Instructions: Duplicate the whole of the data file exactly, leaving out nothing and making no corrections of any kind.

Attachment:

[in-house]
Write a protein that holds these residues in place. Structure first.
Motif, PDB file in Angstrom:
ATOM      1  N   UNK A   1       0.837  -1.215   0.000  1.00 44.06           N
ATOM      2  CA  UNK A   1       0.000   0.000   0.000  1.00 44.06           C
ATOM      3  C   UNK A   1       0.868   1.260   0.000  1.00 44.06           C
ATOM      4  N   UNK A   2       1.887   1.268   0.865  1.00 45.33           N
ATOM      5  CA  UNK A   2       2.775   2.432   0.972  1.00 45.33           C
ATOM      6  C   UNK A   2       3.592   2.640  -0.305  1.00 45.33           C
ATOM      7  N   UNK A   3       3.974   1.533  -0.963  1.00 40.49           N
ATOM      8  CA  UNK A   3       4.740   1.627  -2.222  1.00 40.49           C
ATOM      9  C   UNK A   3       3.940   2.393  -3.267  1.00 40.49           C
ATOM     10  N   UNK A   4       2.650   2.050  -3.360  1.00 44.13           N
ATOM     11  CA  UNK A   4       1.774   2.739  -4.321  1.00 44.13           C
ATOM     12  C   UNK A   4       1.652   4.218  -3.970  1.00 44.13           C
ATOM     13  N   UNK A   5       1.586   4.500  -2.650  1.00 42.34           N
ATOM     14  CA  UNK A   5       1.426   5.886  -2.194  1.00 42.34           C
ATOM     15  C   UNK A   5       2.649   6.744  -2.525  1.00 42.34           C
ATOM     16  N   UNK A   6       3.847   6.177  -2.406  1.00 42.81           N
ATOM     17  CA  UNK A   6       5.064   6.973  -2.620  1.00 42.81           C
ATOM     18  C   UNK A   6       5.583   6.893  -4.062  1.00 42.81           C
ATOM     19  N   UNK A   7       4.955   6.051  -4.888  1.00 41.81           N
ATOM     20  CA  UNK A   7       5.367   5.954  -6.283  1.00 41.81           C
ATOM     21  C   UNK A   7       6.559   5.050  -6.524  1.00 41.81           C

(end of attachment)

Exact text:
[in-house]
Write a protein that holds these residues in place. Structure first.
Motif, PDB file in Angstrom:
ATOM      1  N   UNK A   1       0.837  -1.215   0.000  1.00 44.06           N
ATOM      2  CA  UNK A   1       0.000   0.000   0.000  1.00 44.06           C
ATOM      3  C   UNK A   1       0.868   1.260   0.000  1.00 44.06           C
ATOM      4  N   UNK A   2       1.887   1.268   0.865  1.00 45.33           N
ATOM      5  CA  UNK A   2       2.775   2.432   0.972  1.00 45.33           C
ATOM      6  C   UNK A   2       3.592   2.640  -0.305  1.00 45.33           C
ATOM      7  N   UNK A   3       3.974   1.533  -0.963  1.00 40.49           N
ATOM      8  CA  UNK A   3       4.740   1.627  -2.222  1.00 40.49           C
ATOM      9  C   UNK A   3       3.940   2.393  -3.267  1.00 40.49           C
ATOM     10  N   UNK A   4       2.650   2.050  -3.360  1.00 44.13           N
ATOM     11  CA  UNK A   4       1.774   2.739  -4.321  1.00 44.13           C
ATOM     12  C   UNK A   4       1.652   4.218  -3.970  1.00 44.13           C
ATOM     13  N   UNK A   5       1.586   4.500  -2.650  1.00 42.34           N
ATOM     14  CA  UNK A   5       1.426   5.886  -2.194  1.00 42.34           C
ATOM     15  C   UNK A   5       2.649   6.744  -2.525  1.00 42.34           C
ATOM     16  N   UNK A   6       3.847   6.177  -2.406  1.00 42.81           N
ATOM     17  CA  UNK A   6       5.064   6.973  -2.620  1.00 42.81           C
ATOM     18  C   UNK A   6       5.583   6.893  -4.062  1.00 42.81           C
ATOM     19  N   UNK A   7       4.955   6.051  -4.888  1.00 41.81           N
ATOM     20  CA  UNK A   7       5.367   5.954  -6.283  1.00 41.81           C
ATOM     21  C   UNK A   7       6.559   5.050  -6.524  1.00 41.81           C